T. "Insulin Signaling And Receptor Cross-Talk (R01)," (US National
Institutes of Health, National Institute on Aging, in conjunction with other agencies, PA-07-058, November 20, 2006).

U. "Heterogeneity of Fat Depots: Underlying Basis and Association with Morbidity (R01)," (US National Institutes of Health, National Institute on Aging, in conjunction with other agencies, PA-07-057, November 20, 2006).

34. US NATIONAL INSTITUTE ON AGING: "Health Scientist Administrator (NIA)," (NIA-07-155712-DE, November 2006). D04+22%3A04%3A24&Logo=0&q=NIA-07-155712-DE&FedEmp=N&sort=rv&vw=d&brd=3876&ss =0&FedPub=Y&SUBMIT1.x=81&SUBMIT1.y=12


VII. Websites of Interest:

35. KAISER FAMILY FOUNDATION STATEHEALTHFACTS.ORG UPDATE: Kaiser has recently updated this website. Items listed from Oct. 31 - Nov. 15, 2006 have been updated or are new items.

36. PANEL STUDY OF INCOME DYNAMICS BIBLIOGRAPHY UPDATE: The University of Michigan Institute for Social Research PSID has recently added the following item to its bibliography. The entire bibliography can be searched or browsed in various ways at:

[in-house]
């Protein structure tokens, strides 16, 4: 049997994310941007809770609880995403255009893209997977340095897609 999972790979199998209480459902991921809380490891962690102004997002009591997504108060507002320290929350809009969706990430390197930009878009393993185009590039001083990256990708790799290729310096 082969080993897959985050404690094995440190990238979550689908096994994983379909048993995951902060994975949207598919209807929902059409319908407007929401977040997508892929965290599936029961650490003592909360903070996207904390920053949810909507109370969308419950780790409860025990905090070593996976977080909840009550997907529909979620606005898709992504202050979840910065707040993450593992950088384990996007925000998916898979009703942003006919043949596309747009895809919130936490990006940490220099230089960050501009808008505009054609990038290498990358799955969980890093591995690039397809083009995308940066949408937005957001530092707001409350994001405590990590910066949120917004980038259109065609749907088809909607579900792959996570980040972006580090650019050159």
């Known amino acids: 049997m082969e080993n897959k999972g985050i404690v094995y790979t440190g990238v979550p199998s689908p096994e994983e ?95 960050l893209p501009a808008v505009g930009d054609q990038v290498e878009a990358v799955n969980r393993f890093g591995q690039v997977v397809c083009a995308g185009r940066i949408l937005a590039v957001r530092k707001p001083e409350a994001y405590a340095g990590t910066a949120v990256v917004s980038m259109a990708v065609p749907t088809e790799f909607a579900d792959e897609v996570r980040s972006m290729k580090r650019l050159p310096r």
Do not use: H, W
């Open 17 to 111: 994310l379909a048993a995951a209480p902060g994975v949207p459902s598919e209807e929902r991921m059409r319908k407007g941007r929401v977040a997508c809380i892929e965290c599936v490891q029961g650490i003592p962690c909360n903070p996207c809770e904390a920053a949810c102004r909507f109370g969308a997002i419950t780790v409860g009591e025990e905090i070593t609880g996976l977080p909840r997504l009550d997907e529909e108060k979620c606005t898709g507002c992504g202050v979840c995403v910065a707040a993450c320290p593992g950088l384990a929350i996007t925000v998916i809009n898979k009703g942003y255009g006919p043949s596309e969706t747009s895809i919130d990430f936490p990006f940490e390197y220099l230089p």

Hacker, Jacob S. Family Income Instability: Transitory Variance of Log Family Income, 1974-2002. . The Great Risk Shift: The Assault on American Jobs, Families Health Care, and Retirement -- And How You Can Fight Back. New York: Oxford University Press; 2006.

Hungerford, Thomas. The Role of Earnings and Financial Risk in Distributional Analyses of Social Security Reform Measures. Journal of Policy Analysis and Management. 2005; 25(2):0.

Intuwonges, Sittiporn. Social Security and U.S. Household Saving Behavior: New Theoretical and Empirical Evidence. Tennessee: Middle Tennessee State University; 2005.